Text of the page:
No major pests or diseases are noticed in the crop.
The crop matures for harvest 7 months after planting. When the leaves start drying crop can be harvested. Dig out tubers with care.
Starch extraction: Tubers are first washed, and then cleaned of the paper-like scale. The scales must be carefully removed before the extraction of the starch because they impart their disagreeable flavor if allowed to remain. After the removal of the scale, the roots are washed again, drained and finally reduced to a pulp by beating them in mortars or subjecting them to the action of the wheel rasp. The milky liquid thus obtained is passed through a coarse cloth and the pure starch, which is insoluble, is allowed to settle at the bottom. The wet starch is dried in the sun or in a drying house. Thus we get arrowroot starch.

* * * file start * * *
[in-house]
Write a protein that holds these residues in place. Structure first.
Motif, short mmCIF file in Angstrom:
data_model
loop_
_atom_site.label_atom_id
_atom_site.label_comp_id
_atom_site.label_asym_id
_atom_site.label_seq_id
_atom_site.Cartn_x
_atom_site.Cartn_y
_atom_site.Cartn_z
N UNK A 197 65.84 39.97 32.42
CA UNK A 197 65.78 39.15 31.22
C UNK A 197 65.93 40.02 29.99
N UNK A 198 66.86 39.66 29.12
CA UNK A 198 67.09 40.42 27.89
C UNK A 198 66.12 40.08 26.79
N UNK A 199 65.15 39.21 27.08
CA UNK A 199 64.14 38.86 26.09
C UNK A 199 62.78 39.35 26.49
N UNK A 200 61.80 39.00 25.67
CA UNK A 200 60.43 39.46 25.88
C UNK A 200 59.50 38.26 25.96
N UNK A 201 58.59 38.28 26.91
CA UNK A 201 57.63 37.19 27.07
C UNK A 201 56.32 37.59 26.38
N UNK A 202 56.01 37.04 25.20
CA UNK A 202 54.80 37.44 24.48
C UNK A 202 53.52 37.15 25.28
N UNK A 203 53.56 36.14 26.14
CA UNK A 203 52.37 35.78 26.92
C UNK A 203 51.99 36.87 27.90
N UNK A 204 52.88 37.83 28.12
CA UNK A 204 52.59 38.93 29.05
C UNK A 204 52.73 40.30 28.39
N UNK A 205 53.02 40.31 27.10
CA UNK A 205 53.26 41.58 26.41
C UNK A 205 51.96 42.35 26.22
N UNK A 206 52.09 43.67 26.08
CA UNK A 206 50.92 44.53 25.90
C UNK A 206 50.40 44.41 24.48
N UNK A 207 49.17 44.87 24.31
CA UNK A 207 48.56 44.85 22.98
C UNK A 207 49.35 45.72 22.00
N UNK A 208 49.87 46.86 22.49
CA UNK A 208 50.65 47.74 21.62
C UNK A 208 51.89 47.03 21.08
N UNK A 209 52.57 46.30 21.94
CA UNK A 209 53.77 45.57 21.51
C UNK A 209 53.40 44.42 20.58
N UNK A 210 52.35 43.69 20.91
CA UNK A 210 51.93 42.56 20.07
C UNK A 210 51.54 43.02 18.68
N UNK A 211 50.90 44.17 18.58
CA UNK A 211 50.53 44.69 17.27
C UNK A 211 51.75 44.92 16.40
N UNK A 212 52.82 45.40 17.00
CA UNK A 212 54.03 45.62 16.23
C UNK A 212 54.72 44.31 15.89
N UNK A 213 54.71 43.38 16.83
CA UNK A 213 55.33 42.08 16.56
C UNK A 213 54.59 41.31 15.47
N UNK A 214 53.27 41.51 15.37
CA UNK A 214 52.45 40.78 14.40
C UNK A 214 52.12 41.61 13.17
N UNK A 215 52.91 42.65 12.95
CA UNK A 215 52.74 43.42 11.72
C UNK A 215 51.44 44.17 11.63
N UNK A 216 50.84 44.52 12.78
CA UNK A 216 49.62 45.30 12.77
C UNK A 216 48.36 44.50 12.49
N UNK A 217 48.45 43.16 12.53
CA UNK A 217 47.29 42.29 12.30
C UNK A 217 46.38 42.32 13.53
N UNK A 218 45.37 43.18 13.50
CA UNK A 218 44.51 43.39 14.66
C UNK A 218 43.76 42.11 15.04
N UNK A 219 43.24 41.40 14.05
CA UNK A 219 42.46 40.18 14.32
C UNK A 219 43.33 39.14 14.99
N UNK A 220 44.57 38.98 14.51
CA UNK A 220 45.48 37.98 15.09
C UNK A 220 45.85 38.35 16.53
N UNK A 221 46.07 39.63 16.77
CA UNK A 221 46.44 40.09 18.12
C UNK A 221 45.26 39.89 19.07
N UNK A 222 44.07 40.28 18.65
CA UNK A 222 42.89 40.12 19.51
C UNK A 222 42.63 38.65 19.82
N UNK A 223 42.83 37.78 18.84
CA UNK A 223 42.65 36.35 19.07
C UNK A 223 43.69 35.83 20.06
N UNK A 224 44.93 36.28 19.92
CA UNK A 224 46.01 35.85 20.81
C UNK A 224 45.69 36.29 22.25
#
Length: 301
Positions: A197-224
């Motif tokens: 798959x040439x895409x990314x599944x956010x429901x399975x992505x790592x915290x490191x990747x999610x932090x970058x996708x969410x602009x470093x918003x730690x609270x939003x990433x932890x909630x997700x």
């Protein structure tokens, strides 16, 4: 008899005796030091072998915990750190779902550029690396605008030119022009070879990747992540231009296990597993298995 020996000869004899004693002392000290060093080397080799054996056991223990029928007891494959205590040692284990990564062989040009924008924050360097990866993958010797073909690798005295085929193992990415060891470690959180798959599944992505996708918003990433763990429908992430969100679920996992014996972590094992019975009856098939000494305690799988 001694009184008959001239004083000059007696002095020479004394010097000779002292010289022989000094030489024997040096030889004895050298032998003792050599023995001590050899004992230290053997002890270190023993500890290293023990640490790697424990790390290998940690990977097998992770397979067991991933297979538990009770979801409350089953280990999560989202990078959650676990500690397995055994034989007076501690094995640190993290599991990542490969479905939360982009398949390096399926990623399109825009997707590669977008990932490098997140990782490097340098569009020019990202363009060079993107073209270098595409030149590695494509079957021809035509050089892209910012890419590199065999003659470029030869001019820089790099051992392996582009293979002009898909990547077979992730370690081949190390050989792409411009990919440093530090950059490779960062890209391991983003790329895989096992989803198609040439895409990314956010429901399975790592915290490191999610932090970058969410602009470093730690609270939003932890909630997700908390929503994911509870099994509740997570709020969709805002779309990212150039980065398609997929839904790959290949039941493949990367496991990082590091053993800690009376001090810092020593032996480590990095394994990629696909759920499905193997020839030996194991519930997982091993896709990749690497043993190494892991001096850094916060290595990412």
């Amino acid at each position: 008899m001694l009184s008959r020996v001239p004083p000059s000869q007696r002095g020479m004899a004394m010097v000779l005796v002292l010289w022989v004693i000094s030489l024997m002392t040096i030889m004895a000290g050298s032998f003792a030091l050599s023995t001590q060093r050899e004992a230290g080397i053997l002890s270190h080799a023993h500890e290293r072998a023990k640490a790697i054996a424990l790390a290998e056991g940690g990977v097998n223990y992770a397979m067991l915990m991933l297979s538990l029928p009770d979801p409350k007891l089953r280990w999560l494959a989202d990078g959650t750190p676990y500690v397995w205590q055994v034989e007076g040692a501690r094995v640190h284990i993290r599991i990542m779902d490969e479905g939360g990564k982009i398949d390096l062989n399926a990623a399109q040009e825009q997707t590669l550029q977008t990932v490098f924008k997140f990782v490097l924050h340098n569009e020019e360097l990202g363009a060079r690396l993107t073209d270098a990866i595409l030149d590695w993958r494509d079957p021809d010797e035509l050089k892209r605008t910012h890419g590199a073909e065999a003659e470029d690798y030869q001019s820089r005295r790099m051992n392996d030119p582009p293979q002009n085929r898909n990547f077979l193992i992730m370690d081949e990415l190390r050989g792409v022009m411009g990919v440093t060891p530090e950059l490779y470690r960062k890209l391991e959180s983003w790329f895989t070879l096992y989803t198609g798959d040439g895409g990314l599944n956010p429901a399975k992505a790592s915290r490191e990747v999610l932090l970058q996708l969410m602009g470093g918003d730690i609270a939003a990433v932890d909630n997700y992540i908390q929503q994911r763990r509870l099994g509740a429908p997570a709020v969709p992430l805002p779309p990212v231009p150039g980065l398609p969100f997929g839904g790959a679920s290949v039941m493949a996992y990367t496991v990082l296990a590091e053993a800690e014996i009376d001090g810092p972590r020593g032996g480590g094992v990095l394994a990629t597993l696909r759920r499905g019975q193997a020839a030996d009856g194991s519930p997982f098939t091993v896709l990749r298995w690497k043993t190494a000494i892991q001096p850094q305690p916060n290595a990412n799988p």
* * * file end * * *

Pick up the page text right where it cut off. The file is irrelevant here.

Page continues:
Friday, 10 August 2012

LESSER YAM –A hairy tuberous vegetable

Lesser yam is a tuberous vegetable widely grown in tropical region. Its botanical name is Dioscorea esculenta and it belongs to the family of Dioscoreaceae. It is a spiny climber growing up to 12 m high, with numerous shallow-rooted tubers. This is a 6–10 months crop with short dormancy period. The tubers are small and are found in clusters of some 5 to 20 slightly below the soil surface.
Generally the Lesser yam is  a rainfed crop. Its planting season is later part of dry season i.e., March-April. If the planting is delayed seed tubers start germination. This should be avoided.
Seed tubers are used for propagation of Lesser yam. The improved varieties of Lesser yam are Sreelatha, Sreekala etc. Select medium size tubers weighing about 100-150 gm. Plant the whole tuber on ridges or mounds. Cattle manure up to 1kg may be applied for each tuber.  Mulching should be done for maintaining moisture and optimum temperature.